12. In this short novel, published in 1935, the author accomplished what he has consistently achieved, awakening emotion through lifelike characters. Written during the depression, it is no wonder Steinbeck’s destitute but optimistic characters appealed to the masses. Their appreciation of basic needs — with the occasional bottle of wine and a lusty woman thrown in — struck a chord with so many experiencing similar hardships.Though criticized for a demeaning portrayal of Mexican-Americans, Ste [...]

    13. Some things i noticed about this book:1. Allegory for King Arthur and the knights of the Roundtable2. Danny's good side represents Arthur, while his wild side represents Lancelot's later character. 3. For a while i thought Danny was a figure of christ becasue of his forgiving and sacrificial nature, but his later exploits dispeled this notion. 4. Torelli is definitley a symbol for Satan, the snake imagery surrounding his character is hard to miss.5. The big party for Danny = the last supper. 6. [...]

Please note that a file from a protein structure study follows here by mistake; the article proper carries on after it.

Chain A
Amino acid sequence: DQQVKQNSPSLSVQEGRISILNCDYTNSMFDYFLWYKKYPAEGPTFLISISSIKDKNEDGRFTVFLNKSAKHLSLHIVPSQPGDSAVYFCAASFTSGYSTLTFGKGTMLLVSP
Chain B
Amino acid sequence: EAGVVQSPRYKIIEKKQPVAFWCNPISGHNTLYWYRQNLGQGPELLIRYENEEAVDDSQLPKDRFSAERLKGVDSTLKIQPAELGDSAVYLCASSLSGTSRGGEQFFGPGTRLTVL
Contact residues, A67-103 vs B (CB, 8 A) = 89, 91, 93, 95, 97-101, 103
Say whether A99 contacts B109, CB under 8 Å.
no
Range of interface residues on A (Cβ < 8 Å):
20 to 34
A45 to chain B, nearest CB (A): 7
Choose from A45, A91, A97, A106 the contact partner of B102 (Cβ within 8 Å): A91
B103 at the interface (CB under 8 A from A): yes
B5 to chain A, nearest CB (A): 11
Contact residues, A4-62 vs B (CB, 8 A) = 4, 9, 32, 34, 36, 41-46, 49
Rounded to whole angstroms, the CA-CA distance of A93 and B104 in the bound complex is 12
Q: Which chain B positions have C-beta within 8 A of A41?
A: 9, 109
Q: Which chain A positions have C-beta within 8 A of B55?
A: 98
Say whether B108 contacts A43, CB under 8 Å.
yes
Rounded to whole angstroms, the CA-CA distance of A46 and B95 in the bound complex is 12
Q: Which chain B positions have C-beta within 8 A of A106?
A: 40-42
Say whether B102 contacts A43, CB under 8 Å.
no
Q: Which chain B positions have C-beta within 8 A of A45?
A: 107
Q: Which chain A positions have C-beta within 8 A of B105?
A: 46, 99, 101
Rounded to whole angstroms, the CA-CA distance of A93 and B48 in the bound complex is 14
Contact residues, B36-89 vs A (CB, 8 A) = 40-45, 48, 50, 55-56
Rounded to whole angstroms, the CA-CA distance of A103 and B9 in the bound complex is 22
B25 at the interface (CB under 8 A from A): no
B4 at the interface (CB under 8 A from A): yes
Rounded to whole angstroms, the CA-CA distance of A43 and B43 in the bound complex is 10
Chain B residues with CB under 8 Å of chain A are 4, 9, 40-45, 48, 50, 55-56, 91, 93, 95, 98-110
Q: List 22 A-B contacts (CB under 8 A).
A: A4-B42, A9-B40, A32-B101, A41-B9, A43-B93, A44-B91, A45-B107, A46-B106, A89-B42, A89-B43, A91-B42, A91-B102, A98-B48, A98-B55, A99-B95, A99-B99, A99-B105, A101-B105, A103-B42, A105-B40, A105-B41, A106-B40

14. This was a fun read. I can see where some might be rubbed the wrong way by Tortilla Flat due to the political incorrectness of the time when it was written but most of the shenanigans come across to me as innocent and harmless and the main characters to me seem to be colored positively, as likable knuckleheads. Oh, and one character, the Pirate, had a pack of five obedient, loyal, and lovable dogs named Enrique (houndish), Pajarito (brown and curly), Rudolph ("an American dog"), Fluff (a Pug), a [...]

    15. Tortilla Flat is quite a number of things. On the surface, it's a short novel about a group of friends with certain proclivities towards drinking wine. A lot of wine. On another level it's supposedly a retelling of the Knights of the Round Table, but I am not even going to front like I know enough about that to appreciate that connection at its depths. On another level, suiting our economic times, it's also about rising up in social classes -- how difficult it is to do, what happens to us and ou [...]